20 Backpacking Tips for Beginners
Hopefully, the catchy title sucked you in. We previously covered what backpacking gear to purchase, what food and clothing to bring, and how to properly train for backpacking. All of that stuff is great and necessary, but it doesn’t exactly prepare you for some of the situations that you encounter while out on the trail. Here are 20 of the top backpacking tips and lessons that I’ve learned from personal experience and the experts.
1. Do not leave any food behind. Animals will find it and you will create problems for future backpackers as they become more interested in human food and activity. Be conscious of how you are impacting others.
2. Store everything properly. Anything scented, including lip balm, toothpaste, deodorant, and your toothbrush needs special storage consideration. I’ve seen three different types of backcountry animal deterrent systems. Some parks have a large metal trunk that you can store these materials in. Others have a pulley system to pull your bag up. A third system consists of a pole that you raise and hang your backpack on. At night, this is where all scented products and food should go. These animal avoidance systems are also a strong incentive to stay at designated campsites.
3. Keep critters out of your food. Think your food is safe 20 feet in the air? I did too. That is, until I woke up, pulled my bag down for breakfast, and noticed a hole in it. A rodent had eaten a hole in my bag to get to food. I don’t know how the little critter ate everything that he did, but he really did cut into my food supplies for the trip. Lesson learned: store your food in a steel mesh bag or other animal proof container.
4. Keep your food waste under control. Pack all of your meals in ziplock bags. That way, when you’re done, you can put all waste in them. This keeps things clean and simple and cuts down on scents that can be picked up by animals.
5. Cook your food at least 100 feet downwind from your tent. Otherwise, you may be encouraging animals to sneak around your tent at night because your tent will smell like the food that you cooked.
6. Have enough water, but not too much. Plan your routes so that you will cross water at least once per day. If you don’t have access to water re-fill spots, you’ll have to carry a lot of it in with you. Water weighs a ton and the less you need to carry, the better.
7. Collect water from flowing water sources. Get water from flowing sources – a stream, river, spring, or lake. This helps to prevent water from being gathered near a bacterial source like a dead animal.
8. Always sterilize your water. Filter your water, boil it, or both.
9. If you’re going through thick brush, make a lot of noise. This scares bears off. They don’t want to run into you, and you don’t want to startle them without warning.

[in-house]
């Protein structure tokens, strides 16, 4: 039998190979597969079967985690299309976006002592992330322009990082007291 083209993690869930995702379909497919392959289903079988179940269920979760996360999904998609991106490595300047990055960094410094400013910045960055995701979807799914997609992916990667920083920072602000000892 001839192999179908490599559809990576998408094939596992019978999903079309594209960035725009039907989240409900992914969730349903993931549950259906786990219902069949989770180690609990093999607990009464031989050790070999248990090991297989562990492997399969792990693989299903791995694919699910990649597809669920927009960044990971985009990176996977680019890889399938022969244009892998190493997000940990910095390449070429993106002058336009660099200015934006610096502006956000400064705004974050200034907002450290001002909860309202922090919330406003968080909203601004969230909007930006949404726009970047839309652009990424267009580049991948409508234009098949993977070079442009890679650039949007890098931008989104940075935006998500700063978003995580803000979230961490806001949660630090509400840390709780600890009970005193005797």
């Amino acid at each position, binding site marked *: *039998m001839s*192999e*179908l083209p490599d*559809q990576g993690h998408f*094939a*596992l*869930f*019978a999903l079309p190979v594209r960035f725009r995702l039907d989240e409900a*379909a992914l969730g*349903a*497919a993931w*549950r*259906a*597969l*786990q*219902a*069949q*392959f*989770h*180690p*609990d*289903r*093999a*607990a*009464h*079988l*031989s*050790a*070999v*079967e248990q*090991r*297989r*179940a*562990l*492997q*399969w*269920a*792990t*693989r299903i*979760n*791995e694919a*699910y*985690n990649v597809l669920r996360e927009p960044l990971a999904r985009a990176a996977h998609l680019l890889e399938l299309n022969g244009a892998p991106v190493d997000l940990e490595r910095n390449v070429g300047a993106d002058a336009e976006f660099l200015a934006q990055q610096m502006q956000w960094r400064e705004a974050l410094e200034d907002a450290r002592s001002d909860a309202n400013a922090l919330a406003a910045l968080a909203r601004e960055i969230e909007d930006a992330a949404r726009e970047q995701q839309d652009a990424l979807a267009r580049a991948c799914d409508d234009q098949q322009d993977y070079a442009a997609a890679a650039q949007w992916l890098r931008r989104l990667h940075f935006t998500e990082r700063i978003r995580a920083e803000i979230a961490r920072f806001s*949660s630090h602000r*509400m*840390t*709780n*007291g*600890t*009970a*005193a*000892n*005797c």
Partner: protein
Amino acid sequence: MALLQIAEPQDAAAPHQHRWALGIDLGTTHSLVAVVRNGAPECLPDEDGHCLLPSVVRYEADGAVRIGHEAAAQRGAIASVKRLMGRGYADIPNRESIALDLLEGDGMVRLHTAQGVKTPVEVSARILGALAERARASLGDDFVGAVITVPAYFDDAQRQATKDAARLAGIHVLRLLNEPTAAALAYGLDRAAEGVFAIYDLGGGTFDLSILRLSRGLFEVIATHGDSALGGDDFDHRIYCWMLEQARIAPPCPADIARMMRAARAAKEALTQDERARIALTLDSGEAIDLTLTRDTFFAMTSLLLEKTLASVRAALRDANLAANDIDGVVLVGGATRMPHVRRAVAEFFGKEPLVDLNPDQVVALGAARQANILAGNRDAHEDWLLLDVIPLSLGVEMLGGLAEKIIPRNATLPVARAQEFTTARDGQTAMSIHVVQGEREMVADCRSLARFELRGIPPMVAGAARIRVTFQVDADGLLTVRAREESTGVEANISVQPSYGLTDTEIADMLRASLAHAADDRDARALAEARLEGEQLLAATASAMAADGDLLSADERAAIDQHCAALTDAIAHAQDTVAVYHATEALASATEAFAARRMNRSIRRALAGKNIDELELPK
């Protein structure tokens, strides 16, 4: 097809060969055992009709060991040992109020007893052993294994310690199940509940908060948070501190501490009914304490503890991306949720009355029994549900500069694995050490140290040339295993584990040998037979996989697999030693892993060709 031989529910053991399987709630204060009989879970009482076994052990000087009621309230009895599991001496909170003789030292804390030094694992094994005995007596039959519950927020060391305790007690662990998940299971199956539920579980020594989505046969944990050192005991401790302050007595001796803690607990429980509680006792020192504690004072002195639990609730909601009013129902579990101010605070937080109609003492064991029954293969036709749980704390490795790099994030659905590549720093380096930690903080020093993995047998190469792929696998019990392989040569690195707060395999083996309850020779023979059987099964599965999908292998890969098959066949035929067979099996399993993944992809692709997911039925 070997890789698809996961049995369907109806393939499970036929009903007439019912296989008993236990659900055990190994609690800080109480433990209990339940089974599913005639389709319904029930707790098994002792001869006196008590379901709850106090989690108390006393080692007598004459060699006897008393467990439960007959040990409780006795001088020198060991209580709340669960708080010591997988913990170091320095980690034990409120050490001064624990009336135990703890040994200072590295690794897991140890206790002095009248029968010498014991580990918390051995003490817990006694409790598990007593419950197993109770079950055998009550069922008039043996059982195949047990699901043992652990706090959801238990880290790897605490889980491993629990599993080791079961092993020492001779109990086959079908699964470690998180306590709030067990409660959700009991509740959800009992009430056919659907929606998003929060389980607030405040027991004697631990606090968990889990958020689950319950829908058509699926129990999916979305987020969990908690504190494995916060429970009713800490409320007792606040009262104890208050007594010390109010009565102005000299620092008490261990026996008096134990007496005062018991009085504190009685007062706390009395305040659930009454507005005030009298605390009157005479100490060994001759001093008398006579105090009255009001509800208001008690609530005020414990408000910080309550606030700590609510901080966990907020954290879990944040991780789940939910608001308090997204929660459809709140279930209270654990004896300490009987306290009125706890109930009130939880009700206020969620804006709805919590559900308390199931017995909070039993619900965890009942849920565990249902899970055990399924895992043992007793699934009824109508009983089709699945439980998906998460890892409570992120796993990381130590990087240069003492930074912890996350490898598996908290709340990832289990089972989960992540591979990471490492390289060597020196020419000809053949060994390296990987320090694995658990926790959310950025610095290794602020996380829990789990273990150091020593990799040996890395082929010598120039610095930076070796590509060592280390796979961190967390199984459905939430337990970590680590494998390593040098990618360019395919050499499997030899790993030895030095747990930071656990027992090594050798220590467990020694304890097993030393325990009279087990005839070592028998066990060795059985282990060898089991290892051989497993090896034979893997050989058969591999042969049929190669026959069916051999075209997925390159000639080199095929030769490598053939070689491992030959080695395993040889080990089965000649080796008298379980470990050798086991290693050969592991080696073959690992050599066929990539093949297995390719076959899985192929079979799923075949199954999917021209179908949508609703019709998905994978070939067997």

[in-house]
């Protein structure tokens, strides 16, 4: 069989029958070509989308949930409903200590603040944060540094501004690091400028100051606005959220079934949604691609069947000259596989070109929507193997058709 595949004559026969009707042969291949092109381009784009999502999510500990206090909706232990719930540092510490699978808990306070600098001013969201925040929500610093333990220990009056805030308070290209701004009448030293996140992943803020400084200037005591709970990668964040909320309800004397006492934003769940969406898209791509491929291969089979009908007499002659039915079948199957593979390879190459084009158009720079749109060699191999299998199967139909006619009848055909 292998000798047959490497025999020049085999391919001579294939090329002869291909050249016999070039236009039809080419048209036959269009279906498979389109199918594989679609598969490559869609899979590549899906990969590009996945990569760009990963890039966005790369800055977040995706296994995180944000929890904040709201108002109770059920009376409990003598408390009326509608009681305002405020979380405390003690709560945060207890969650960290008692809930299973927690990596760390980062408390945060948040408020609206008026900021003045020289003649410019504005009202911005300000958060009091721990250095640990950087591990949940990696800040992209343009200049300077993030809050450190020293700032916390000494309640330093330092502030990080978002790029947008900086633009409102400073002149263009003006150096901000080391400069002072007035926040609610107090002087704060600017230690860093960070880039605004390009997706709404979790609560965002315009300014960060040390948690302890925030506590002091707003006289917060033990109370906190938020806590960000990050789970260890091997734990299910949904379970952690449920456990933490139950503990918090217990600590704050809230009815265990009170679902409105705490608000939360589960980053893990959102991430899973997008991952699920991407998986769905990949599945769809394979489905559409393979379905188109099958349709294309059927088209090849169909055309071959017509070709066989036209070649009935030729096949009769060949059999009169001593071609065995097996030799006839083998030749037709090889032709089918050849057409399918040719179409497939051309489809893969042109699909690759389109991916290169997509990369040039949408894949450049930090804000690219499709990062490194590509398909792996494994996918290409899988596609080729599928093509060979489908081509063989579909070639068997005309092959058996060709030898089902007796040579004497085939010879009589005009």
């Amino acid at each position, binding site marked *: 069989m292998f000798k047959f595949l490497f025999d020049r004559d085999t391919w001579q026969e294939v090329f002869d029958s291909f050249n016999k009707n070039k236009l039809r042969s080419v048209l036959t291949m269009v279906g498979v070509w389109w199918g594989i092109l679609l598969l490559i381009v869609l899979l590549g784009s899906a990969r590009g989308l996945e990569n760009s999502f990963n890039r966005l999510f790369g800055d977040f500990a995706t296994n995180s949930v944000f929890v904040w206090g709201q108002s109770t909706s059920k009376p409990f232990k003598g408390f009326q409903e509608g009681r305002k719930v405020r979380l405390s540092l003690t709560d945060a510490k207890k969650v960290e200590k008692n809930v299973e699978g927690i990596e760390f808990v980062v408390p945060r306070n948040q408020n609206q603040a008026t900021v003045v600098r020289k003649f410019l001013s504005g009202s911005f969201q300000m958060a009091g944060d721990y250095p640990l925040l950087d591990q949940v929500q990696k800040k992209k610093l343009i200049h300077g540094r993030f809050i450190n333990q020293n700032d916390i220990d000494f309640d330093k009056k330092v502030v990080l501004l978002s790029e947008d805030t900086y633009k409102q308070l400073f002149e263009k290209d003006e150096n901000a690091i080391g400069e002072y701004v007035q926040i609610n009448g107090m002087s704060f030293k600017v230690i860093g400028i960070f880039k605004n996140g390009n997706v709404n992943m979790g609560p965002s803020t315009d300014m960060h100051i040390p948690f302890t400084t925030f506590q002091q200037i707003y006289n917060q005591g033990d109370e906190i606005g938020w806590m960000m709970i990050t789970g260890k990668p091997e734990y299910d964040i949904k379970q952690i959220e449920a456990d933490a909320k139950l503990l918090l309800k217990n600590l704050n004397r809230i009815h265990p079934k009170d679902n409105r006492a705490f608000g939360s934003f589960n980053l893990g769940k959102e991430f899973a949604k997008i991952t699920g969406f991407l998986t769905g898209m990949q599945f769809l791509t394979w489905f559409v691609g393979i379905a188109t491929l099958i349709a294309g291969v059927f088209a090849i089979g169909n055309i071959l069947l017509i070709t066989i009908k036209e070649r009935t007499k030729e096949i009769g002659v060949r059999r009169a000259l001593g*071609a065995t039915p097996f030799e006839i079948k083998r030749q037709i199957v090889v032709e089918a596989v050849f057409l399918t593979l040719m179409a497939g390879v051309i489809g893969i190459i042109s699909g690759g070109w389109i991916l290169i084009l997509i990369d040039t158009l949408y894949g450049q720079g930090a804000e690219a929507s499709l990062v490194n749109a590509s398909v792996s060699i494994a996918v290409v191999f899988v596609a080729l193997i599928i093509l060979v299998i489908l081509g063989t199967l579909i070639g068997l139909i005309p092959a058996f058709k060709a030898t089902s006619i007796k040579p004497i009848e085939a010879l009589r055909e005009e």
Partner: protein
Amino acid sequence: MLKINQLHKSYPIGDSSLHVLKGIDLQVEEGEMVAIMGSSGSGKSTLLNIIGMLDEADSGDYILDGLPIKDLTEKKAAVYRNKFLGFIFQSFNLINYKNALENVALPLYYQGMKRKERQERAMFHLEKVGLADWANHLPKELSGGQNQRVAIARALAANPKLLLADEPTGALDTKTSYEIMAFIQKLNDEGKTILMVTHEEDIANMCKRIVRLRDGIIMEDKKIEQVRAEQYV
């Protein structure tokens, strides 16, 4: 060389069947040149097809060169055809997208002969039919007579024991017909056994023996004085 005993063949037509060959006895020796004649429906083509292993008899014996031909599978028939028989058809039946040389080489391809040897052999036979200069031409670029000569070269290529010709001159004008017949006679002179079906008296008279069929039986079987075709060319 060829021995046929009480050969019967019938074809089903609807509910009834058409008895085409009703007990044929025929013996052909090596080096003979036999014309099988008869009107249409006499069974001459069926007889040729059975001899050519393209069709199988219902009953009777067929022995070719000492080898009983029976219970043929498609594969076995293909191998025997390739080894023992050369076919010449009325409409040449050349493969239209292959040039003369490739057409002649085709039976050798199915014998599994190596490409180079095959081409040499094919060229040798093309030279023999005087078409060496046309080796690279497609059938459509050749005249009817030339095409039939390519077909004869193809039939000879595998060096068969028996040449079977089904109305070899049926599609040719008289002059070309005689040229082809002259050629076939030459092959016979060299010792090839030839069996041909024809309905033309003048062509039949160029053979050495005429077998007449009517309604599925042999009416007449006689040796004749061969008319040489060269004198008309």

10. If you do encounter a black bear, be calm and don’t threaten them. Back away slowly, while still facing the bear. Do not turn, and whatever you do, do not run. If you encounter a grizzly, slowly back away and don’t make eye contact.
11. Play dead (or fight)! If, in the vary rare circumstance that you do get attacked by a grizzly bear, cover your head, roll into a ball, and play dead. You won’t be able to fight a grizzly and win. Grizzlies get bored easily. If you get attacked by a black bear, fight back, drop some food, and get out of there. I believe you’re more likely to be hit by lightning, but still, it’s good to know what to do in the unlikely event.
12. Don’t fear the bears, but definitely be conscious if you’re in bear country. Depending on where you hike, you may run into bears. I’ve seen them, heard them at night, and have occasionally smelled them nearby. At first, it can psyche you out a bit. But remember, they are more scared of you than you are of them and want to avoid contact. Be aware of your surroundings, but don’t freak out.
13. Keep your feet dry. Wet feet leads to more friction and potential blisters. Always have an extra pair of dry socks with you.
14. Keep your weight on your hips. True backpacking packs have a weight belt for your hips. You want the majority of the weight you are carrying to settle there vs. on your shoulders.
15. Go easy on your knees. If you’re doing a lot of downhill hiking as a result of big altitude changes, your knees can really get abused. Consider using trekking poles or a walking stick to share the weight impact with your legs.
16. Be cautious of blisters. Address blisters as soon as they start to develop. A minor irritation can quickly get a lot worse and really ruin your whole trip. Always carry blister pads with you.
17. Always be mappin’. Always have a map of where you are hiking. Other than obviously helping to keep you on track, maps can help you figure out where you are at certain times of the day and plan out where you need to get to.
18. Get an old school compass. Carry a traditional magnetic compass. A co-worker recently told me he ended up hiking 15 miles out of the way because his iPhone compass app was unusable when his phone battery died on him. Don’t trust technology when in the woods.
19. Stay put when lost. If you are significantly lost, get to a visible area where you can send smoke or other signals and don’t move. When you try to find your way out of trouble, you usually end up getting more lost.
20. Have fun! It may seem tough and like a lot of work the first time out, but once you get out there, enjoy the solitude, adventure, and challenge that nature provides!
Categories: Backpacking for Beginners